Apple's new MacBook Pros reveal quality concerns

Excess thermal paste shows shoddy assembly work, says expert

Apple's new MacBook Pro shows some quality-of-build problems that shouldn't be seen in a notebook that costs $1,800, a teardown expert said today.

While disassembling a 15-in. MacBook Pro, iFixit.com -- a site that regularly tears down electronics and publishes do-it-yourself repair guides -- found several signs of substandard assembly.

Among iFixit's findings was a stripped screw near the notebook's subwoofer enclosure and an unlocked ZIF (zero insertion force) socket for the IR (infrared) sensor.

"[These] should not be things found inside a completely unmolested computer with an $1,800 base price," said iFixit in the teardown description posted on its site.

The refreshed MacBook Pro models launched last Thursday in what one analyst called a "ho-hum" upgrade .

iFixit also spotted an unusual amount of thermal paste applied to both the central processor (CPU) and the graphics processor (GPU). "Holy thermal paste! Time will tell if the gobs of thermal paste applied to the CPU and GPU will cause overheating issues down the road," iFixit said.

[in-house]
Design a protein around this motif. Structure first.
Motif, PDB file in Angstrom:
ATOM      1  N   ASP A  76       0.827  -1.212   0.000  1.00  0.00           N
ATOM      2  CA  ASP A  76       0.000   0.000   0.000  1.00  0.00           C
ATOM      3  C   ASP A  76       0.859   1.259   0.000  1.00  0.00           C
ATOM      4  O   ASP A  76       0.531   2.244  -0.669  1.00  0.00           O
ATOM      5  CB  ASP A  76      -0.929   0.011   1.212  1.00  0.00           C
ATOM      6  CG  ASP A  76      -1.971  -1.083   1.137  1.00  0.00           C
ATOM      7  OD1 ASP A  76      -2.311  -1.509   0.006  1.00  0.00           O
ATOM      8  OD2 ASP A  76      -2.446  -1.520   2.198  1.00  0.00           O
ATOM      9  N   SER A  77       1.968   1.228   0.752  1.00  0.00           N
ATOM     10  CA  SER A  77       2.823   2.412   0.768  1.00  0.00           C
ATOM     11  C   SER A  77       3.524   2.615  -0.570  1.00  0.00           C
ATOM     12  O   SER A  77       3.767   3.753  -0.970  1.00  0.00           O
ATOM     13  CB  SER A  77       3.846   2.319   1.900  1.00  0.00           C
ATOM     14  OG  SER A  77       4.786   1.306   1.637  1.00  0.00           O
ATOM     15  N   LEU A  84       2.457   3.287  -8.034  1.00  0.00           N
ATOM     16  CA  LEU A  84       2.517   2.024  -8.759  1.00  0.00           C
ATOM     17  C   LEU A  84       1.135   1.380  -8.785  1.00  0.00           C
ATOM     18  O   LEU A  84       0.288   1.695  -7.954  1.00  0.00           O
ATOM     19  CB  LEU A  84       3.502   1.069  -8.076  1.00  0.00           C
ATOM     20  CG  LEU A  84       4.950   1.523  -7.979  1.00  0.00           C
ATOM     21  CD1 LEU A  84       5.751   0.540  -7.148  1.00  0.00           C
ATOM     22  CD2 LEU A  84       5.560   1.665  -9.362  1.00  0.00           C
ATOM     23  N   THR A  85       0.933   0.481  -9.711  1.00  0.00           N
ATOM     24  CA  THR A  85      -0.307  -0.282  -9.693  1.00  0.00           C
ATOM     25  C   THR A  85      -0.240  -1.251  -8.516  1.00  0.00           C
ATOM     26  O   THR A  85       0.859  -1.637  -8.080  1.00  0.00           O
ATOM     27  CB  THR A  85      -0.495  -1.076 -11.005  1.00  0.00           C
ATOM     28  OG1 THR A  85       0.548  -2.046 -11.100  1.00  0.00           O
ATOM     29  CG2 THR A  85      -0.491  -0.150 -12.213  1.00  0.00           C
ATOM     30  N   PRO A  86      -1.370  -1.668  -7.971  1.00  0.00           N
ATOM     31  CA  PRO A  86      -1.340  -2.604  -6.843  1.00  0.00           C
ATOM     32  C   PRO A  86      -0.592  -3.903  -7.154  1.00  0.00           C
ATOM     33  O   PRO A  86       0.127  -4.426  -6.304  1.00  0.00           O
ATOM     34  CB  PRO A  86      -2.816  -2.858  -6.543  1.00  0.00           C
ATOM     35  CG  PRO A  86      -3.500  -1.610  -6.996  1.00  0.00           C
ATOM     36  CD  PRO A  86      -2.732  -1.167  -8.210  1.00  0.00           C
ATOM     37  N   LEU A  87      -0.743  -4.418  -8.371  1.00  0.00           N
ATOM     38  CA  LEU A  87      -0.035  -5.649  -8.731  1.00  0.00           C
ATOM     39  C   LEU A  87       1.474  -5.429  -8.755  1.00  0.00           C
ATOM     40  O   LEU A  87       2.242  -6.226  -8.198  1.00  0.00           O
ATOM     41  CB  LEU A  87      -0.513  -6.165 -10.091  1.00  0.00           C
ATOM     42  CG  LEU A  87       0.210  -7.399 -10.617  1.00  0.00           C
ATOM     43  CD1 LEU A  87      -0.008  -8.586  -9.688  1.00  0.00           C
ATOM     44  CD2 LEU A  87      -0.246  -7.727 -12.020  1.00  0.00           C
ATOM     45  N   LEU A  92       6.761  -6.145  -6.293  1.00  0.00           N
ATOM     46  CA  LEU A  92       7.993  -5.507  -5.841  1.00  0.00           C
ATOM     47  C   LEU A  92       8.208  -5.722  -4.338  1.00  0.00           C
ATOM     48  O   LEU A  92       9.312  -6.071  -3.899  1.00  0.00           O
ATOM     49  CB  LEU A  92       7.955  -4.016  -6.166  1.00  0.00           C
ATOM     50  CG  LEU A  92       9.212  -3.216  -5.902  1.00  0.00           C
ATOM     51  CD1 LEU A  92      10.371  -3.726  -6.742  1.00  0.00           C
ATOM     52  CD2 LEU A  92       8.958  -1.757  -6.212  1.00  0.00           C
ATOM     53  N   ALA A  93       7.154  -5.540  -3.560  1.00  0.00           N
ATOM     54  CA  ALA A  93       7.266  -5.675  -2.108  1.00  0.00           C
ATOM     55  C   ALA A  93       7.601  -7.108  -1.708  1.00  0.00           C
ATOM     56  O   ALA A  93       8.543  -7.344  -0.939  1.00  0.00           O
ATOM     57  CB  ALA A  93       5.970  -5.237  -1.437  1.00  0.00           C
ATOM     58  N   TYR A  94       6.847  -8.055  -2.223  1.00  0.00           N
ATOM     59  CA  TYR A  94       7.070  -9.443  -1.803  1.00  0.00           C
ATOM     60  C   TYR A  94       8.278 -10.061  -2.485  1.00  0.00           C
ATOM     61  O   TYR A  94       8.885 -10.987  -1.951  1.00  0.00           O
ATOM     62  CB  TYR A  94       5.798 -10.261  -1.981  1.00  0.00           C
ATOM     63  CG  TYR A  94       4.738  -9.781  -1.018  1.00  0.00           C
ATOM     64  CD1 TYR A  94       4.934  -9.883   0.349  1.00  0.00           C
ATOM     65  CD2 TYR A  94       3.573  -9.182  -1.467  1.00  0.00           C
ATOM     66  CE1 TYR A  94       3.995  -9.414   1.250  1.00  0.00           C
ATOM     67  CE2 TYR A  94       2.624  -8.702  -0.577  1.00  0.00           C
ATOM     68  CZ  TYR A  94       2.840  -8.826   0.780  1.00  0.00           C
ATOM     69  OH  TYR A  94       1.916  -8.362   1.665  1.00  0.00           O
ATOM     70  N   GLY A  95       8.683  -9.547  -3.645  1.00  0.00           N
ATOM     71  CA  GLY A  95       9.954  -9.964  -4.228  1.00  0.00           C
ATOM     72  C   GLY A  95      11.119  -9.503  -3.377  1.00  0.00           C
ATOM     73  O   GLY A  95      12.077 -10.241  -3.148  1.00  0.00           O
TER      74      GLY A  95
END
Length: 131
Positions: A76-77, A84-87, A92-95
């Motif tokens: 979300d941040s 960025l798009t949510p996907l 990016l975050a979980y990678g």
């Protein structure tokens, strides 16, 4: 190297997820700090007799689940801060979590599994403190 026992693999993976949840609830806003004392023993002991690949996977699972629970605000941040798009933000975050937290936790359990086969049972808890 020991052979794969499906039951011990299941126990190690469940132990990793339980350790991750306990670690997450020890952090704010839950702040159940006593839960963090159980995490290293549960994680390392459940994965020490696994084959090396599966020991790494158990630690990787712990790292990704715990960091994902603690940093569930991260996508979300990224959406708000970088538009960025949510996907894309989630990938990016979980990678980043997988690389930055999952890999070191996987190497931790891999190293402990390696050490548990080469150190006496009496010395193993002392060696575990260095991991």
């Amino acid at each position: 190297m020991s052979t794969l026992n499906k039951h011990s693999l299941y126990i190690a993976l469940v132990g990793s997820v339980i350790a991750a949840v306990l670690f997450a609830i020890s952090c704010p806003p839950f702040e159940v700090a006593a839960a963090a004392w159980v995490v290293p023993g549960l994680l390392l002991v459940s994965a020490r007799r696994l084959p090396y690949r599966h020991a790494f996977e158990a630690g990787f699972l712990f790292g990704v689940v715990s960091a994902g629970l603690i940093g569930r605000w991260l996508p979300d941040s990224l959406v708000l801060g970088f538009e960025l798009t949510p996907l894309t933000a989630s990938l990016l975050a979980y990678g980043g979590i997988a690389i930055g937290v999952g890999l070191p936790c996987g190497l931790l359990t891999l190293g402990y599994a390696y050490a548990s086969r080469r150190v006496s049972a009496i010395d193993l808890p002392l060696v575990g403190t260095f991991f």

Thermal paste, also called "thermal grease" and "heat sink paste," is a compound that computer makers apply to increase the thermal conductivity of a processor so heat is drawn away from the chip more efficiently.

"Paste fills in the valleys of the bumpy surfaces on both the heat sink and the chip to exchange heat between the two more efficiently," said Jon Peddie, president of Jon Peddie Research , a firm that specializes in graphics devices and processors. A heat sink is the component that's mounted atop a processor to dissipate heat.

But too much paste doesn't mean that the underlying processor will necessarily overheat and so fail faster, cautioned Peddie.

"Excess paste shows sloppy application, shoddy assembly work," said Peddie. "If you can see [the paste] it ain't workin'," he added, talking about how extra, visible paste doesn't contribute to increased conductivity.